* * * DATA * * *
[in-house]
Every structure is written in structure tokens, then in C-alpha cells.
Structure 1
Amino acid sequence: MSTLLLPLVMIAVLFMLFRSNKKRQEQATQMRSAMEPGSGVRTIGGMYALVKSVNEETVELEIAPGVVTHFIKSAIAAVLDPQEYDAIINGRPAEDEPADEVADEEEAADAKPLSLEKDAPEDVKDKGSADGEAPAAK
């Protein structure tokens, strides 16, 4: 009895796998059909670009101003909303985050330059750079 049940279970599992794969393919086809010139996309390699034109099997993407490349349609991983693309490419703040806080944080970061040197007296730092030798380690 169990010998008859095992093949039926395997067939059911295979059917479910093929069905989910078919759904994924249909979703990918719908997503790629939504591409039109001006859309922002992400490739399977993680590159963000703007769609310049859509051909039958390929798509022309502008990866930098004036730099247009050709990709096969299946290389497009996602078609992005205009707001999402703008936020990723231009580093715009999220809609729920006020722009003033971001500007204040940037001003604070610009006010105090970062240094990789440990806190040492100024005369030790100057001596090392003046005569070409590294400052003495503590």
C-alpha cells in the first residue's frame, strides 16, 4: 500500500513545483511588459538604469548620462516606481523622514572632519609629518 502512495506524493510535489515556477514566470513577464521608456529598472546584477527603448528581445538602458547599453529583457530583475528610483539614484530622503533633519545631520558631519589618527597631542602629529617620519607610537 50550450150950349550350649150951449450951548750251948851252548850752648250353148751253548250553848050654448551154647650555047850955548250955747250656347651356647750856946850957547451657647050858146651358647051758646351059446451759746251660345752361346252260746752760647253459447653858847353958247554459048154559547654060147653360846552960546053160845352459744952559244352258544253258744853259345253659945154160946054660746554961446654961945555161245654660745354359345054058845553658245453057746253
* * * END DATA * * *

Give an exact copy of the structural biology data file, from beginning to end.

[in-house]
Every structure is written in structure tokens, then in C-alpha cells.
Structure 1
Amino acid sequence: MSTLLLPLVMIAVLFMLFRSNKKRQEQATQMRSAMEPGSGVRTIGGMYALVKSVNEETVELEIAPGVVTHFIKSAIAAVLDPQEYDAIINGRPAEDEPADEVADEEEAADAKPLSLEKDAPEDVKDKGSADGEAPAAK
């Protein structure tokens, strides 16, 4: 009895796998059909670009101003909303985050330059750079 049940279970599992794969393919086809010139996309390699034109099997993407490349349609991983693309490419703040806080944080970061040197007296730092030798380690 169990010998008859095992093949039926395997067939059911295979059917479910093929069905989910078919759904994924249909979703990918719908997503790629939504591409039109001006859309922002992400490739399977993680590159963000703007769609310049859509051909039958390929798509022309502008990866930098004036730099247009050709990709096969299946290389497009996602078609992005205009707001999402703008936020990723231009580093715009999220809609729920006020722009003033971001500007204040940037001003604070610009006010105090970062240094990789440990806190040492100024005369030790100057001596090392003046005569070409590294400052003495503590």
C-alpha cells in the first residue's frame, strides 16, 4: 500500500513545483511588459538604469548620462516606481523622514572632519609629518 502512495506524493510535489515556477514566470513577464521608456529598472546584477527603448528581445538602458547599453529583457530583475528610483539614484530622503533633519545631520558631519589618527597631542602629529617620519607610537 50550450150950349550350649150951449450951548750251948851252548850752648250353148751253548250553848050654448551154647650555047850955548250955747250656347651356647750856946850957547451657647050858146651358647051758646351059446451759746251660345752361346252260746752760647253459447653858847353958247554459048154559547654060147653360846552960546053160845352459744952559244352258544253258744853259345253659945154160946054660746554961446654961945555161245654660745354359345054058845553658245453057746253